Right now only about one-third of all children attending school in the United States can read proficiently by fourth grade. The numbers are even more dismaying for our most vulnerable students. How can state policymakers lessen the achievement gap and improve literacy outcomes for all children? A new report from New America’s Education Policy Program examined the state of early education policy in all 50 states and Washington, DC and offers a framework for moving forward.
From Crawling to Walking: Ranking States on Birth- 3rd Grade Policies that Support Strong Readers, ranks states on 65 indicators in seven policy areas. The report found that most states are not taking a comprehensive approach when it comes to developing children’s literacy skills. Accompanying the research are interactive maps of state progress displayed via New America’s data visualization and policy analysis tool, Atlas.
Along the marathon course towards life success are several checkpoints for all children: kindergarten readiness, third grade reading proficiency, and of course high school graduation. States can help or hinder students in reaching these points. Right now, 11 states are crawling toward making sure children are able to read well by third grade. The majority of states, 34 and Washington, DC, are toddling. Only five states are walking: New York, Oklahoma, West Virginia, Connecticut, and Wisconsin. No state is running.
“Even New York, the highest scoring state, only earned the equivalent of a ‘C’ in letter grades,” says Laura Bornfreund, director of New America’s Early & Elementary Education team and lead author of the report.
Some of the highest scoring states might come as a surprise, such as West Virginia, which doesn’t always rise to the top on most state rankings. The report explains that West Virginia stands out because of its robust state pre-K program that includes basic quality indicators; it also requires districts to offer full-day kindergarten under state statute.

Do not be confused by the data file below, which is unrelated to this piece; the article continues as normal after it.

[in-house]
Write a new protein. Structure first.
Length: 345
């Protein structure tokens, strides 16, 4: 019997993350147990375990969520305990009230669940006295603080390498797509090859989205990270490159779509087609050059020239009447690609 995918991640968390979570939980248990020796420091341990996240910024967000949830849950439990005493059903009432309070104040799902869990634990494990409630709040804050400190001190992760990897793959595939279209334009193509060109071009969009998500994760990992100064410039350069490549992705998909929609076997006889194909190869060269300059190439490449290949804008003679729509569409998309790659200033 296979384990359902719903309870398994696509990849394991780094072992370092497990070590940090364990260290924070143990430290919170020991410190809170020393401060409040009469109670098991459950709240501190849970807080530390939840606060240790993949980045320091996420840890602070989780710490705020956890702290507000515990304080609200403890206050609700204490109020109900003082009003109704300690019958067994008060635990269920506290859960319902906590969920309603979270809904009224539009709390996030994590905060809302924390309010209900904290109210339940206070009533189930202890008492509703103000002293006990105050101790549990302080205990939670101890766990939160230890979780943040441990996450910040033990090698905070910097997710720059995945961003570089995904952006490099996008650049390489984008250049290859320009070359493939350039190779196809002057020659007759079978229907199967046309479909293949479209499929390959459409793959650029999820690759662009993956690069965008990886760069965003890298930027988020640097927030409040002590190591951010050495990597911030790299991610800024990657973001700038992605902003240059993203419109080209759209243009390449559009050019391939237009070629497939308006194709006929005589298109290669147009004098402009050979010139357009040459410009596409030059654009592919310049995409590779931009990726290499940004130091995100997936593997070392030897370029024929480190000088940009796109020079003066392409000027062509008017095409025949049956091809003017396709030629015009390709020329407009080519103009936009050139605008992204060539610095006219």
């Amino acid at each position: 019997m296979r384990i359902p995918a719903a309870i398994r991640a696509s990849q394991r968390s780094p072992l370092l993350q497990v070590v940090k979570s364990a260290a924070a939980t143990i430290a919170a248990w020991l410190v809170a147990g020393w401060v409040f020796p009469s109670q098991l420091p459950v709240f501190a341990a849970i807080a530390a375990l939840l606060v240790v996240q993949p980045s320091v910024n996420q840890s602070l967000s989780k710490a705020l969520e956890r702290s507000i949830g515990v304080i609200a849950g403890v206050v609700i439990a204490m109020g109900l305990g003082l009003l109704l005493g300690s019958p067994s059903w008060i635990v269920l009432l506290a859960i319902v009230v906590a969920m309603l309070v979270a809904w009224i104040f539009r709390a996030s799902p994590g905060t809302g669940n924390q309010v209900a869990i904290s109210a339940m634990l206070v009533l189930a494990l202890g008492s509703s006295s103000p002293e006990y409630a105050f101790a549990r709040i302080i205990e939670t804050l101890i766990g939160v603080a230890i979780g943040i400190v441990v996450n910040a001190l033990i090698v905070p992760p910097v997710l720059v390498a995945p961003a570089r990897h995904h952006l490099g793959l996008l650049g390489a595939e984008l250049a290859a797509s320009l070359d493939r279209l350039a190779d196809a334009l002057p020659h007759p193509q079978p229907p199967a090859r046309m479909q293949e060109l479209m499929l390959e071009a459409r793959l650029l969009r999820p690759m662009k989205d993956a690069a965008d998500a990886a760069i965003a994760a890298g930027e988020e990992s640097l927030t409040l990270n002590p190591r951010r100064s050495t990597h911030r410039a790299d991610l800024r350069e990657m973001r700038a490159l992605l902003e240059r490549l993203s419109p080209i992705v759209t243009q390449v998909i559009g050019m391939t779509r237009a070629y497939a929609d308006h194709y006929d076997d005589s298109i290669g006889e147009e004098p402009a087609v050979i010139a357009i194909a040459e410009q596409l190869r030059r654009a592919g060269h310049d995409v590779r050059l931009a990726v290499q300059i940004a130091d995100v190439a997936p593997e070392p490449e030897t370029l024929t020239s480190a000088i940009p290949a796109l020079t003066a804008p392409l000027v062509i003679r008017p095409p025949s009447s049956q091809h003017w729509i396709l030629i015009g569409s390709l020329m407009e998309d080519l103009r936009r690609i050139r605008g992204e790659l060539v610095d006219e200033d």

From Crawling to Walking measures states on a broad set of policy indicators that can help ensure children are on track to read on grade level by the end of third grade. For instance, states that prioritize the preparation and development of teachers of infants, toddlers, preschoolers, and the early elementary grades, as well as leaders of elementary schools and child care centers, are in a better position to meet this goal. But while a focus on educators is salient, it’s not enough on its own. States must also have in place:
- Strong standards, assessments, and data systems;
- Equitable funding;
- High-quality pre-K;
- Full-Day Kindergarten;
- Supports for dual language learners;
- And when they exist, third grade reading laws that focus on identification and intervention over holding children back.
The majority of states fall into the Toddling category, meaning they are meeting some indicators but clearly lacking on others. Finally, the report identifies the 11 states that have the most work to do--Kansas, Kentucky, Arizona, North Dakota, Utah, Nevada, Idaho, Wyoming, South Dakota, New Hampshire, and Montana-- as Crawling. The majority of states in this category do not have public pre-K programs and do not require districts to provide full-day kindergarten.
This scan of state policies finds that most states are far from the kind of unified alignment that fosters a strong early learning continuum for children. According to the report, “Several states are tackling pieces fairly well, but real progress will occur when states begin to knit those discrete policies together.”
The full report is available here.
Correction: November 23, 2015
The map on page 19 has been updated to include Indiana, Virginia, and Wisconsin (all scored 16), as well as scores of 19 for Oklahoma and 16 for Florida.